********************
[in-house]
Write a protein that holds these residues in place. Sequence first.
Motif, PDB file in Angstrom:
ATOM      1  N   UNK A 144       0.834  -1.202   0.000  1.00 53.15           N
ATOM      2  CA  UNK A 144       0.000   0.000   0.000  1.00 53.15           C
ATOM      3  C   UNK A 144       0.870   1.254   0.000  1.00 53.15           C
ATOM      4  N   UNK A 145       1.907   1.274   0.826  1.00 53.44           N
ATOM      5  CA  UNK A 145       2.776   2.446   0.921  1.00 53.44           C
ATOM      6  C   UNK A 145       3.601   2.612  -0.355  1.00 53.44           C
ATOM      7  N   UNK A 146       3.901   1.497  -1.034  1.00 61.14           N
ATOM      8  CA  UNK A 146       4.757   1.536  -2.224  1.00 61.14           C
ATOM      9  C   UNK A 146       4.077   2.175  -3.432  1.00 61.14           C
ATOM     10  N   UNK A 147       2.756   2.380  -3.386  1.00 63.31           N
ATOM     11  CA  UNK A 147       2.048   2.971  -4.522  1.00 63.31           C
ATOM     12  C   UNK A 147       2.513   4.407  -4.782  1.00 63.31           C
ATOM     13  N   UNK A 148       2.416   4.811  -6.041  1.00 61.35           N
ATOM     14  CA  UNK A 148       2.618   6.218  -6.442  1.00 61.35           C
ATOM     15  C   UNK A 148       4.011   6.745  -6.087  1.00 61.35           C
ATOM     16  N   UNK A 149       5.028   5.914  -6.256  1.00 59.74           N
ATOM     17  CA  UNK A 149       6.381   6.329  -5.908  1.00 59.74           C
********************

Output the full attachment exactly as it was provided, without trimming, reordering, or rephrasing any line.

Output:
[in-house]
Write a protein that holds these residues in place. Sequence first.
Motif, PDB file in Angstrom:
ATOM      1  N   UNK A 144       0.834  -1.202   0.000  1.00 53.15           N
ATOM      2  CA  UNK A 144       0.000   0.000   0.000  1.00 53.15           C
ATOM      3  C   UNK A 144       0.870   1.254   0.000  1.00 53.15           C
ATOM      4  N   UNK A 145       1.907   1.274   0.826  1.00 53.44           N
ATOM      5  CA  UNK A 145       2.776   2.446   0.921  1.00 53.44           C
ATOM      6  C   UNK A 145       3.601   2.612  -0.355  1.00 53.44           C
ATOM      7  N   UNK A 146       3.901   1.497  -1.034  1.00 61.14           N
ATOM      8  CA  UNK A 146       4.757   1.536  -2.224  1.00 61.14           C
ATOM      9  C   UNK A 146       4.077   2.175  -3.432  1.00 61.14           C
ATOM     10  N   UNK A 147       2.756   2.380  -3.386  1.00 63.31           N
ATOM     11  CA  UNK A 147       2.048   2.971  -4.522  1.00 63.31           C
ATOM     12  C   UNK A 147       2.513   4.407  -4.782  1.00 63.31           C
ATOM     13  N   UNK A 148       2.416   4.811  -6.041  1.00 61.35           N
ATOM     14  CA  UNK A 148       2.618   6.218  -6.442  1.00 61.35           C
ATOM     15  C   UNK A 148       4.011   6.745  -6.087  1.00 61.35           C
ATOM     16  N   UNK A 149       5.028   5.914  -6.256  1.00 59.74           N
ATOM     17  CA  UNK A 149       6.381   6.329  -5.908  1.00 59.74           C